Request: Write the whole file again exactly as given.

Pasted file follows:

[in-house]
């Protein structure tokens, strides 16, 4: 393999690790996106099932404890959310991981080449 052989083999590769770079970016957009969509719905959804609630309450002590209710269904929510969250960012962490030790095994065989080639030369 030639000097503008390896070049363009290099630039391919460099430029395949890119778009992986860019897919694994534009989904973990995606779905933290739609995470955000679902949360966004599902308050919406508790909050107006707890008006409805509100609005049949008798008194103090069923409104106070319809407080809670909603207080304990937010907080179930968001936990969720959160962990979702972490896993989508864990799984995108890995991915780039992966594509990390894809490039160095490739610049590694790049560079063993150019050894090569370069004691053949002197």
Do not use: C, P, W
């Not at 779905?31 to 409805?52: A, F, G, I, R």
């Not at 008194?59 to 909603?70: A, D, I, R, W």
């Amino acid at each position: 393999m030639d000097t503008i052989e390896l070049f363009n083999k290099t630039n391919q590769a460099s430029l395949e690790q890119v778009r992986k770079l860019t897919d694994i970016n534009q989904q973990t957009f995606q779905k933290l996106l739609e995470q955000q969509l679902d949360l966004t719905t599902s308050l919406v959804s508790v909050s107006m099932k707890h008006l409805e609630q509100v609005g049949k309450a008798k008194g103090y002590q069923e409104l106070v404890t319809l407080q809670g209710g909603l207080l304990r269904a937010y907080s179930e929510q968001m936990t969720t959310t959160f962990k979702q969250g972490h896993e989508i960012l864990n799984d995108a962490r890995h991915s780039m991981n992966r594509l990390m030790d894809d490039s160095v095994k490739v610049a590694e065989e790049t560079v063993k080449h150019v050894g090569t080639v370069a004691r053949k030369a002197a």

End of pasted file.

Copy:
[in-house]
């Protein structure tokens, strides 16, 4: 393999690790996106099932404890959310991981080449 052989083999590769770079970016957009969509719905959804609630309450002590209710269904929510969250960012962490030790095994065989080639030369 030639000097503008390896070049363009290099630039391919460099430029395949890119778009992986860019897919694994534009989904973990995606779905933290739609995470955000679902949360966004599902308050919406508790909050107006707890008006409805509100609005049949008798008194103090069923409104106070319809407080809670909603207080304990937010907080179930968001936990969720959160962990979702972490896993989508864990799984995108890995991915780039992966594509990390894809490039160095490739610049590694790049560079063993150019050894090569370069004691053949002197």
Do not use: C, P, W
């Not at 779905?31 to 409805?52: A, F, G, I, R």
């Not at 008194?59 to 909603?70: A, D, I, R, W």
């Amino acid at each position: 393999m030639d000097t503008i052989e390896l070049f363009n083999k290099t630039n391919q590769a460099s430029l395949e690790q890119v778009r992986k770079l860019t897919d694994i970016n534009q989904q973990t957009f995606q779905k933290l996106l739609e995470q955000q969509l679902d949360l966004t719905t599902s308050l919406v959804s508790v909050s107006m099932k707890h008006l409805e609630q509100v609005g049949k309450a008798k008194g103090y002590q069923e409104l106070v404890t319809l407080q809670g209710g909603l207080l304990r269904a937010y907080s179930e929510q968001m936990t969720t959310t959160f962990k979702q969250g972490h896993e989508i960012l864990n799984d995108a962490r890995h991915s780039m991981n992966r594509l990390m030790d894809d490039s160095v095994k490739v610049a590694e065989e790049t560079v063993k080449h150019v050894g090569t080639v370069a004691r053949k030369a002197a």